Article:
Beginning in January 1960, after the subject application was filed, and continuing through July 1961, applicant sold about fifteen thousand aluminum protective hats and caps bearing the identical corrugation or design in issue to the Welsh Manufacturing Company of Providence, Rhode Island, a company unrelated to and under no control of applicant. Applicant permitted this company to advertise and sell these hats under its own name and trademark. These hats had no indication that they were of applicant's origin. This sale was made assertedly on the ground that Welsh was not in competition with applicant because Welsh distributed its hats through wholesale outlets to small users as distinguished from those large users contacted by applicant's sales personnel. According to Welsh's vice-president in charge of sales, Welsh has been for many years engaged in the sale of industrial safety supplies; and the hats and caps purchased from applicant were sold under the mark "Vanguard", and stickers bearing this mark were placed inside the hats; that these hats were promoted and advertised under this mark in nationally distributed trade publications and through the distribution of catalog pages and like material to safety supply distributors and distributors throughout the United States for redistribution to their customers; and that in view of the national distribution by Welsh of these hats through distributors located in all of the United States, Welsh's sales representatives were "running into applicant's sales people" at the customer-consumer level and were, in fact, competing for the sale of identical safety hats to substantially the same customers.
Appellant's brief has no answer to this situation, which clearly would make it impossible for anyone to know, merely from looking at a hat, whether it originated with appellant or with Welsh Manufacturing Company, except to say that 15,000 hats were "de minimis" in view of its sales of 100,000 hats a year in each year from 1950 through 1960. Under all the circumstances here we cannot regard this as de minimis.
Furthermore, it appears that opposer-appellee has been selling hats with a substantially identical crown design at least since 1959, believing it had the right to do so. In answer to a question at oral argument, appellant's counsel indicated that nothing has been done to stop opposer's sales for the reason that counsel felt the attempt would not succeed, at least in the absence of such a federal registration as appellant is here seeking to obtain. This would seem to be very close to an admission that appellant does not have trademark rights in the rib design. It is our understanding of the Lanham Act that it is for the registration, not the creation, of trademarks. Its terminology — indeed, the history of federal trademark statutes — presupposes the pre-existence of a trademark to be registered.
In any event, we are satisfied that the board was correct in its conclusion, in view of the structural functionality of the rib design, its advertisement as a structurally advantageous feature, the sale by others of safety hats with similar if not identical rib designs, also promoted as functionally advantageous, and appellant's permissiveness in letting the Welsh Manufacturing Company sell hats with the identical design as its own hats, that the rib design is not in fact a trademark, notwithstanding the testimony of numerous witnesses that because of it they are able to recognize safety hats as being of appellant's manufacture. They testify to that effect as a matter of personal belief; but that carries no assurance that they really can tell who made the hat or who stands behind it merely from the appearance of the ribs.
The board also concluded on the record that the rib design had not "become distinctive of applicant's goods in commerce." This is but another way of saying it is not a trademark. Registration was therefore properly refused and the decision of the board is affirmed.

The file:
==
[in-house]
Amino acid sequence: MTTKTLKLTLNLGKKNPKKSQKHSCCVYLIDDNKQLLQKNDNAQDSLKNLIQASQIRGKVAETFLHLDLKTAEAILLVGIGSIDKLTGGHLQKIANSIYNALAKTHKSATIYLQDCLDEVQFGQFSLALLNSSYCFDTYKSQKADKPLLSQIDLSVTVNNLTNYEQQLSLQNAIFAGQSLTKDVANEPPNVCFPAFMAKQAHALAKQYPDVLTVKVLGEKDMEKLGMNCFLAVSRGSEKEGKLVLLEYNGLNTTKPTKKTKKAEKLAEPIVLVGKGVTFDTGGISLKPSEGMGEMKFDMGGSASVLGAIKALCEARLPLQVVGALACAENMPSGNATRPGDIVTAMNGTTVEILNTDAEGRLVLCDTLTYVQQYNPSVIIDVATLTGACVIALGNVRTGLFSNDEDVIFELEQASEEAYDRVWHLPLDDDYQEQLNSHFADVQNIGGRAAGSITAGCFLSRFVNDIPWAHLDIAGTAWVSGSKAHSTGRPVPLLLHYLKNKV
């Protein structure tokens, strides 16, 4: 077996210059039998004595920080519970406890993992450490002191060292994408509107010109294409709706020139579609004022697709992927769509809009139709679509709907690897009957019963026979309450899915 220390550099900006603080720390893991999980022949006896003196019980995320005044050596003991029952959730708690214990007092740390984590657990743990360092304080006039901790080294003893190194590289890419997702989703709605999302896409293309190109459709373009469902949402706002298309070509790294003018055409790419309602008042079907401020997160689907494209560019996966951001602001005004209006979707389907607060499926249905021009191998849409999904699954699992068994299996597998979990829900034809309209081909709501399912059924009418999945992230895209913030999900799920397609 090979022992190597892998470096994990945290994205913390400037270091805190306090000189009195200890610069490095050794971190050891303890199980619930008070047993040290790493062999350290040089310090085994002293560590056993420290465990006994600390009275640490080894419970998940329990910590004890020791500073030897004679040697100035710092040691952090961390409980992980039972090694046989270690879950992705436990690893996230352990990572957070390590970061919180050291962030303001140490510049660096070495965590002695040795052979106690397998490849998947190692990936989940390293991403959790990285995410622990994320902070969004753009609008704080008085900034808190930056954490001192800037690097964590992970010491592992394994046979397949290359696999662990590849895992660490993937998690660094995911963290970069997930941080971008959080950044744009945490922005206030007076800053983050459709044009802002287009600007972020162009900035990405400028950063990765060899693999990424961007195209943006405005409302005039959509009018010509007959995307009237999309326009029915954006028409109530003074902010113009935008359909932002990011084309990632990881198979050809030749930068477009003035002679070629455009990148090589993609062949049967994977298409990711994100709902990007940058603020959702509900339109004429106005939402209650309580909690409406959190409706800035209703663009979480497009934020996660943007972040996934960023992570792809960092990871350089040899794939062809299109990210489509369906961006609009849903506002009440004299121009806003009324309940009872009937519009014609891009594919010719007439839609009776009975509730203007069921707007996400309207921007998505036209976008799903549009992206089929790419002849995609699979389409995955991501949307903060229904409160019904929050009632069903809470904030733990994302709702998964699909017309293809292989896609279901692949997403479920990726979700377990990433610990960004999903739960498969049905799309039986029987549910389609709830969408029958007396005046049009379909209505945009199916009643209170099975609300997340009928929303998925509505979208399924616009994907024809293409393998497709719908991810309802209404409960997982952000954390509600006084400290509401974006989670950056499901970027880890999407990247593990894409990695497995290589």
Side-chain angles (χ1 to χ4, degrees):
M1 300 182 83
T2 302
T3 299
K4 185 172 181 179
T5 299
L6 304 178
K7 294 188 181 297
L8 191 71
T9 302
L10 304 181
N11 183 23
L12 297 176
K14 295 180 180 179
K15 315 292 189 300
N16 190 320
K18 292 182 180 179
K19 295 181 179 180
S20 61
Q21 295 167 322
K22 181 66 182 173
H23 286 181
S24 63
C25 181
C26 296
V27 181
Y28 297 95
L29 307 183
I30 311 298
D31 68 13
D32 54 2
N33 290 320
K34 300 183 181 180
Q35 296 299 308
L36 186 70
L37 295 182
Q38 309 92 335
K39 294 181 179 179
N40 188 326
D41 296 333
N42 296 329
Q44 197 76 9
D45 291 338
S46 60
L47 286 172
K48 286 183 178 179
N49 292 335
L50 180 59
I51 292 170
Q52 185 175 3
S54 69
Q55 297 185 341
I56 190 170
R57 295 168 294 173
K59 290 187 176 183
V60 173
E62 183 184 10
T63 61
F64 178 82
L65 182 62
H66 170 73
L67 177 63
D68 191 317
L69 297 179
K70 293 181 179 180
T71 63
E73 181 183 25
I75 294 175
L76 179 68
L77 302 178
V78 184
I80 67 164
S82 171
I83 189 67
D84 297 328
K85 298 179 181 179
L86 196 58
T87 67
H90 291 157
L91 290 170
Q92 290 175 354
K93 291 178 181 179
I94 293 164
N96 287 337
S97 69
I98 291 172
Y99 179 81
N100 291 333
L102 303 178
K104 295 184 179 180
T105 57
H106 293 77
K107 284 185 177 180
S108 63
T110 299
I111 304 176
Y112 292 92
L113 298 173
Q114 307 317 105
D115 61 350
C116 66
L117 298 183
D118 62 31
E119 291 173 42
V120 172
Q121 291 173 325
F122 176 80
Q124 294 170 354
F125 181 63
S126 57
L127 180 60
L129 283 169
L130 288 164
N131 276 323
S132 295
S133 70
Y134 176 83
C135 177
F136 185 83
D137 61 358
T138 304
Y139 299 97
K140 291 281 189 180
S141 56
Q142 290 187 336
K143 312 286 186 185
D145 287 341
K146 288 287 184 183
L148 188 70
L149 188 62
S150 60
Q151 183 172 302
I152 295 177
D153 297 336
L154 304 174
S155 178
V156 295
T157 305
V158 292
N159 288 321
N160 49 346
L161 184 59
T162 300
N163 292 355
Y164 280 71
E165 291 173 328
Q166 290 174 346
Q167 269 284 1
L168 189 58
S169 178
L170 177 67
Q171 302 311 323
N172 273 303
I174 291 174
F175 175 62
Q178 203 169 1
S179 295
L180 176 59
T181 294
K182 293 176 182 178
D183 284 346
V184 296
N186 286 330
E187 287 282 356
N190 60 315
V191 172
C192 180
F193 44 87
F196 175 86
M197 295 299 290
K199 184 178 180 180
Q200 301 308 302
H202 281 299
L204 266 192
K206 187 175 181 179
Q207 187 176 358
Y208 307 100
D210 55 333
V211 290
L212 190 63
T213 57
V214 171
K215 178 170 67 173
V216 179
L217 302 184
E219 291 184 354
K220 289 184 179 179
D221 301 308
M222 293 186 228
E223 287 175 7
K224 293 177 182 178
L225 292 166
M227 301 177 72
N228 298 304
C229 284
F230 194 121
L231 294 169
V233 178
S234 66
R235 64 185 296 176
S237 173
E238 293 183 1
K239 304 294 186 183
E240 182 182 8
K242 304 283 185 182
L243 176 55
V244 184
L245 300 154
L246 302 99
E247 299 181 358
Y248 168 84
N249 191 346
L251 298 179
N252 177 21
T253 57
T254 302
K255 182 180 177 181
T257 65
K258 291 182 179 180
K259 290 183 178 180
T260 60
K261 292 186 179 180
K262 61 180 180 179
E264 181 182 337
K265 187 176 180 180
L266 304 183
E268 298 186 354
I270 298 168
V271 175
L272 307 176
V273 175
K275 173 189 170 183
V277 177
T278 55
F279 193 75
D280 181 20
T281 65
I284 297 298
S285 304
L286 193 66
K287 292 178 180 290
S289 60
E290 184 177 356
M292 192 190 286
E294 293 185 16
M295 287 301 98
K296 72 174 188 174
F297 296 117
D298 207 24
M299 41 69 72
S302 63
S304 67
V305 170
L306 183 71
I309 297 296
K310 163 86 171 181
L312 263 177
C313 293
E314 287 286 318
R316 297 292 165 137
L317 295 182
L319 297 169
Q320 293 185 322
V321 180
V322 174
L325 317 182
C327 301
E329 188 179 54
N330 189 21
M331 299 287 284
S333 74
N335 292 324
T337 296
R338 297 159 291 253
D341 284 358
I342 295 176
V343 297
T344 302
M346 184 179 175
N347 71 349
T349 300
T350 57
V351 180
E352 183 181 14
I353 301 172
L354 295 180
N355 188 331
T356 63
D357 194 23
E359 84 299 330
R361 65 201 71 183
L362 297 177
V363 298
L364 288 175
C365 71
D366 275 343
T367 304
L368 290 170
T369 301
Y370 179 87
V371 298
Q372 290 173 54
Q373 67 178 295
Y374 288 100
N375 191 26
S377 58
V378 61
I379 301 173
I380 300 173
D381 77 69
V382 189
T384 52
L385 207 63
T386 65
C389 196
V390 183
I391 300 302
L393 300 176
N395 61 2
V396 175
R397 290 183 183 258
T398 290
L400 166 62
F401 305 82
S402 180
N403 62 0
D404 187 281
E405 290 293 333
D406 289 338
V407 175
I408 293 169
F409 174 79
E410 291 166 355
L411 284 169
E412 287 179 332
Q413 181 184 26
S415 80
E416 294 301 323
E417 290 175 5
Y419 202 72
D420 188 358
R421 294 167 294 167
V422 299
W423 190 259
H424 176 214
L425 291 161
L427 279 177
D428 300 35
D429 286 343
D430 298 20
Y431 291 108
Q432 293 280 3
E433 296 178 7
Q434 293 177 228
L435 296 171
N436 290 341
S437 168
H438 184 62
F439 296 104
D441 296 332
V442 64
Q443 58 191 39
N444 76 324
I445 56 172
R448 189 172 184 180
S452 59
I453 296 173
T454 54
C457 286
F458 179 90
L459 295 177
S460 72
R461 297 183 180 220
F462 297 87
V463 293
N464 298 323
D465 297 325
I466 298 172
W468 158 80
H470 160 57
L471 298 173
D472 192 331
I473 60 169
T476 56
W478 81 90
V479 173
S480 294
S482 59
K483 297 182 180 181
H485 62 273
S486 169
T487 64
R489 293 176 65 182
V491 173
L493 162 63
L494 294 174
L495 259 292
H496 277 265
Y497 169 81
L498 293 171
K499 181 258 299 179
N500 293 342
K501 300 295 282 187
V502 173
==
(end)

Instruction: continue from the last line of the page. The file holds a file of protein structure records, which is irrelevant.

A few papers were added to the printed record on request of appellee, above and beyond others to the inclusion of which appellant consented. The cost of printing them is hereby taxed against appellee.
Senior District Judge, Eastern District of Pennsylvania, sitting by designation
There were two prior decisions of the board on a motion and renewed motion for summary judgment, both denied, 140 USPQ 671 (Dec. 20, 1963) and 143 USPQ 163 (Oct. 21, 1964). The latter was commented on in Derenberg's Eighteenth Year of the Lanham Act, 146 USPQ No. 6, p. 4 and the decision here on appeal in his Nineteenth Year, 150 USPQ No. 10, p. 3
We do not find it necessary herein to discuss again the legal effect of the existence and expiration of design patent protection. For our views on that matter, see In re Mogen David Wine Corp., 328 F.2d 925, 51 CCPA 1260 (1964) and 54 CCPA 1086, 372 F.2d 539 (1967)
Although appellee's arguments here, as below, are based in part on the Supreme Court decisions in Sears, Roebuck and Co. v. Stiffel Co., 376 U.S. 225, 84 S. Ct. 784, 11 L. Ed. 2d 661, and Compco Corp. v. Day-Brite Lighting, Inc., 376 U.S. 234, 84 S. Ct. 779, 11 L. Ed. 2d 669, and dicta in the opinions therein, we find it unnecessary, as did the board, to consider their applicability. Cf. Judge Smith's concurring opinion in the second Mogen David case, supra. We do not, however, agree with the position taken in appellee's brief. He says, for one thing, that the Constitution "grants" patent rights only for limited times. The Constitution grants no patent rights, it grants only authority to Congress to enact laws. He also argues, as is all too prevalent, that the patent laws put things into the public domain when patents expire. Patent laws function only to keep things out of the public domain temporarily. They have nothing to do with putting things into it. They say nothing about right to copy or right to use, they speak only in terms of right to exclude. "Public domain," moreover, is a question-begging legal concept. Whether or not things are in or out of the public domain and free or not free to be copied may depend on all sorts of legal concepts including patent law, antimonopoly policy and statutes, the law of unfair competition, copyright law, and the law of trademarks and trademark registration. What we really do is to determine these legal rights; then we may express the ultimate conclusion by saying something is in the "public domain" — or not in it. All we are concerned with here is the statutes pertaining to trademark registration and the case law construing those statutes.